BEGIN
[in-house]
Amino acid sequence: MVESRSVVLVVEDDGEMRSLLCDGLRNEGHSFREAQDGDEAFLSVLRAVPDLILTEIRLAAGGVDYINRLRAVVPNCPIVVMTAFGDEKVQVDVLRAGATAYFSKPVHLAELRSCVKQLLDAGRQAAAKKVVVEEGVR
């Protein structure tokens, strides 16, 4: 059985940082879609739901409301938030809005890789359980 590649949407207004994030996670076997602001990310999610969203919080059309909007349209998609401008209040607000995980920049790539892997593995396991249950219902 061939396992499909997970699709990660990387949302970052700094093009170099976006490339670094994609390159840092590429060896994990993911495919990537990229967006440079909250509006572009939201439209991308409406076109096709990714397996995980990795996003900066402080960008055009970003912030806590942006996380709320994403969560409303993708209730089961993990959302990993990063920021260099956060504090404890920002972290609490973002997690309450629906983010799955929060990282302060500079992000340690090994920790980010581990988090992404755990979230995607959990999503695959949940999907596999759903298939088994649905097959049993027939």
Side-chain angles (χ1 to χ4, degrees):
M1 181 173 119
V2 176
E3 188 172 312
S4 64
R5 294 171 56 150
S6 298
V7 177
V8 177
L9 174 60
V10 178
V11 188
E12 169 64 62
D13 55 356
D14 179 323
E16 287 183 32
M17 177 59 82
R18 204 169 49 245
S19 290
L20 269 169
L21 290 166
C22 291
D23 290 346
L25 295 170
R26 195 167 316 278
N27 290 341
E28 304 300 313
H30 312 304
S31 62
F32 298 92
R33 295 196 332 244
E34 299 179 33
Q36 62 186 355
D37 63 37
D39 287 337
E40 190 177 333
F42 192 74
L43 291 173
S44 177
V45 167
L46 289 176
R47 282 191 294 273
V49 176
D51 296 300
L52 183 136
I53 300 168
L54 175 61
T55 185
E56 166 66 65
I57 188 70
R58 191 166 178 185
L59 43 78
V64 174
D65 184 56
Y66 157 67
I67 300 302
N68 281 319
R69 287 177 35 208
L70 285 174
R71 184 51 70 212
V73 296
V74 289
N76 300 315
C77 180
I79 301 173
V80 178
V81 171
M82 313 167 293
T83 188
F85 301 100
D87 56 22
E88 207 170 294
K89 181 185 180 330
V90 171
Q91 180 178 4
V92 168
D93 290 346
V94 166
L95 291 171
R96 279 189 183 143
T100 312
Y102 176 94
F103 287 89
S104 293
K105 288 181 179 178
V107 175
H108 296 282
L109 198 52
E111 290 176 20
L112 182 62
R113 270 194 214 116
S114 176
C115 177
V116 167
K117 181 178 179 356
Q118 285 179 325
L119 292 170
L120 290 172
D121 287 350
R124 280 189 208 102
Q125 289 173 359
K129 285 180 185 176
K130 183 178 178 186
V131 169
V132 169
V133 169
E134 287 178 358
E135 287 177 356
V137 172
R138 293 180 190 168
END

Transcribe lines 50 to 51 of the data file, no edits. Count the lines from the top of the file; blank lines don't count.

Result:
L54 175 61
T55 185